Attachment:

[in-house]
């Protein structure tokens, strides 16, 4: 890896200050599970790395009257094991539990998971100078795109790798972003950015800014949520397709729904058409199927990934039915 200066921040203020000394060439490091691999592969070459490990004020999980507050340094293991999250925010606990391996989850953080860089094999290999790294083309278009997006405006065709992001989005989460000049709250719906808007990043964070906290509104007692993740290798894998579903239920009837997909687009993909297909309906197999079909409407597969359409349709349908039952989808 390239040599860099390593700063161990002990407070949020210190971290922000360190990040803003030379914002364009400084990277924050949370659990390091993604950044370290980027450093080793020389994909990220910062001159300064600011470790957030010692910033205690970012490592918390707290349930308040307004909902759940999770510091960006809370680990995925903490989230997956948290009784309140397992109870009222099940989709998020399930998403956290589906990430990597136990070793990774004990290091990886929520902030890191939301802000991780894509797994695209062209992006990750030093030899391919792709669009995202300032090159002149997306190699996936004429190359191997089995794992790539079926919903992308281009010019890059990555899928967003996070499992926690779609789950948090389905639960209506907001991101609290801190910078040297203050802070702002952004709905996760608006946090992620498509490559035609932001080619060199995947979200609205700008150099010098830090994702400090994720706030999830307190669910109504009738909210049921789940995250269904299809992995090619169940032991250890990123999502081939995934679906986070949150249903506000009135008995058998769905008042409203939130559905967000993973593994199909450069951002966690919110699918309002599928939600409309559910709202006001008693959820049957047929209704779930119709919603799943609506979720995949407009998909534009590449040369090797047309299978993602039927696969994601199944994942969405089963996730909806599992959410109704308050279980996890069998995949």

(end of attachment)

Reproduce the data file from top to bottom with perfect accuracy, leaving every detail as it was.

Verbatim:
[in-house]
């Protein structure tokens, strides 16, 4: 890896200050599970790395009257094991539990998971100078795109790798972003950015800014949520397709729904058409199927990934039915 200066921040203020000394060439490091691999592969070459490990004020999980507050340094293991999250925010606990391996989850953080860089094999290999790294083309278009997006405006065709992001989005989460000049709250719906808007990043964070906290509104007692993740290798894998579903239920009837997909687009993909297909309906197999079909409407597969359409349709349908039952989808 390239040599860099390593700063161990002990407070949020210190971290922000360190990040803003030379914002364009400084990277924050949370659990390091993604950044370290980027450093080793020389994909990220910062001159300064600011470790957030010692910033205690970012490592918390707290349930308040307004909902759940999770510091960006809370680990995925903490989230997956948290009784309140397992109870009222099940989709998020399930998403956290589906990430990597136990070793990774004990290091990886929520902030890191939301802000991780894509797994695209062209992006990750030093030899391919792709669009995202300032090159002149997306190699996936004429190359191997089995794992790539079926919903992308281009010019890059990555899928967003996070499992926690779609789950948090389905639960209506907001991101609290801190910078040297203050802070702002952004709905996760608006946090992620498509490559035609932001080619060199995947979200609205700008150099010098830090994702400090994720706030999830307190669910109504009738909210049921789940995250269904299809992995090619169940032991250890990123999502081939995934679906986070949150249903506000009135008995058998769905008042409203939130559905967000993973593994199909450069951002966690919110699918309002599928939600409309559910709202006001008693959820049957047929209704779930119709919603799943609506979720995949407009998909534009590449040369090797047309299978993602039927696969994601199944994942969405089963996730909806599992959410109704308050279980996890069998995949």